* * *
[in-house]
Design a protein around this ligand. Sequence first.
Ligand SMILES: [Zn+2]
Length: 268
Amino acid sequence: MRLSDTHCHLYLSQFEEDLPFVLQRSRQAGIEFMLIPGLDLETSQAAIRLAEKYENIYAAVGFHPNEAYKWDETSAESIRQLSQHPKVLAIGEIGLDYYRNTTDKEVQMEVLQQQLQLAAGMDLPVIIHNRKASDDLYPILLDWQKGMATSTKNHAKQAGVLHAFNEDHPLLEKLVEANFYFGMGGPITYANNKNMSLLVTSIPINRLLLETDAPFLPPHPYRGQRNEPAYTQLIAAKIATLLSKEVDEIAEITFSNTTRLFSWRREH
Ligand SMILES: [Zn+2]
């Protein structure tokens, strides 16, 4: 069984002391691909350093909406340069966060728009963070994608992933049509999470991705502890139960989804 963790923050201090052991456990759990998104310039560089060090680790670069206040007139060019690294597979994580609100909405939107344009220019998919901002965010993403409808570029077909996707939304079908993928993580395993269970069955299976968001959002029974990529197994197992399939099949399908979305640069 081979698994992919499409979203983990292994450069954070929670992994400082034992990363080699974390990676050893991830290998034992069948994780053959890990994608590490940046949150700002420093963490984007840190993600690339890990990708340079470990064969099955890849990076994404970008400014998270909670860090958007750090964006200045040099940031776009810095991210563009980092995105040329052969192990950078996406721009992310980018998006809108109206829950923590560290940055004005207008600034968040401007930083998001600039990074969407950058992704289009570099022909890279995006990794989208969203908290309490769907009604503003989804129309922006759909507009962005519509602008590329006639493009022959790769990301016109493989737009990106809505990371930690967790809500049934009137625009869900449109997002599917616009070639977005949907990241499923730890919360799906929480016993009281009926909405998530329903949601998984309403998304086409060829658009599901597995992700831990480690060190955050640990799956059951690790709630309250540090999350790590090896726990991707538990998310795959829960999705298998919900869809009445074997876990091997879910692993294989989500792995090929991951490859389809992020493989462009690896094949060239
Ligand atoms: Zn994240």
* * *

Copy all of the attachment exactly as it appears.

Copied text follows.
[in-house]
Design a protein around this ligand. Sequence first.
Ligand SMILES: [Zn+2]
Length: 268
Amino acid sequence: MRLSDTHCHLYLSQFEEDLPFVLQRSRQAGIEFMLIPGLDLETSQAAIRLAEKYENIYAAVGFHPNEAYKWDETSAESIRQLSQHPKVLAIGEIGLDYYRNTTDKEVQMEVLQQQLQLAAGMDLPVIIHNRKASDDLYPILLDWQKGMATSTKNHAKQAGVLHAFNEDHPLLEKLVEANFYFGMGGPITYANNKNMSLLVTSIPINRLLLETDAPFLPPHPYRGQRNEPAYTQLIAAKIATLLSKEVDEIAEITFSNTTRLFSWRREH
Ligand SMILES: [Zn+2]
């Protein structure tokens, strides 16, 4: 069984002391691909350093909406340069966060728009963070994608992933049509999470991705502890139960989804 963790923050201090052991456990759990998104310039560089060090680790670069206040007139060019690294597979994580609100909405939107344009220019998919901002965010993403409808570029077909996707939304079908993928993580395993269970069955299976968001959002029974990529197994197992399939099949399908979305640069 081979698994992919499409979203983990292994450069954070929670992994400082034992990363080699974390990676050893991830290998034992069948994780053959890990994608590490940046949150700002420093963490984007840190993600690339890990990708340079470990064969099955890849990076994404970008400014998270909670860090958007750090964006200045040099940031776009810095991210563009980092995105040329052969192990950078996406721009992310980018998006809108109206829950923590560290940055004005207008600034968040401007930083998001600039990074969407950058992704289009570099022909890279995006990794989208969203908290309490769907009604503003989804129309922006759909507009962005519509602008590329006639493009022959790769990301016109493989737009990106809505990371930690967790809500049934009137625009869900449109997002599917616009070639977005949907990241499923730890919360799906929480016993009281009926909405998530329903949601998984309403998304086409060829658009599901597995992700831990480690060190955050640990799956059951690790709630309250540090999350790590090896726990991707538990998310795959829960999705298998919900869809009445074997876990091997879910692993294989989500792995090929991951490859389809992020493989462009690896094949060239
Ligand atoms: Zn994240």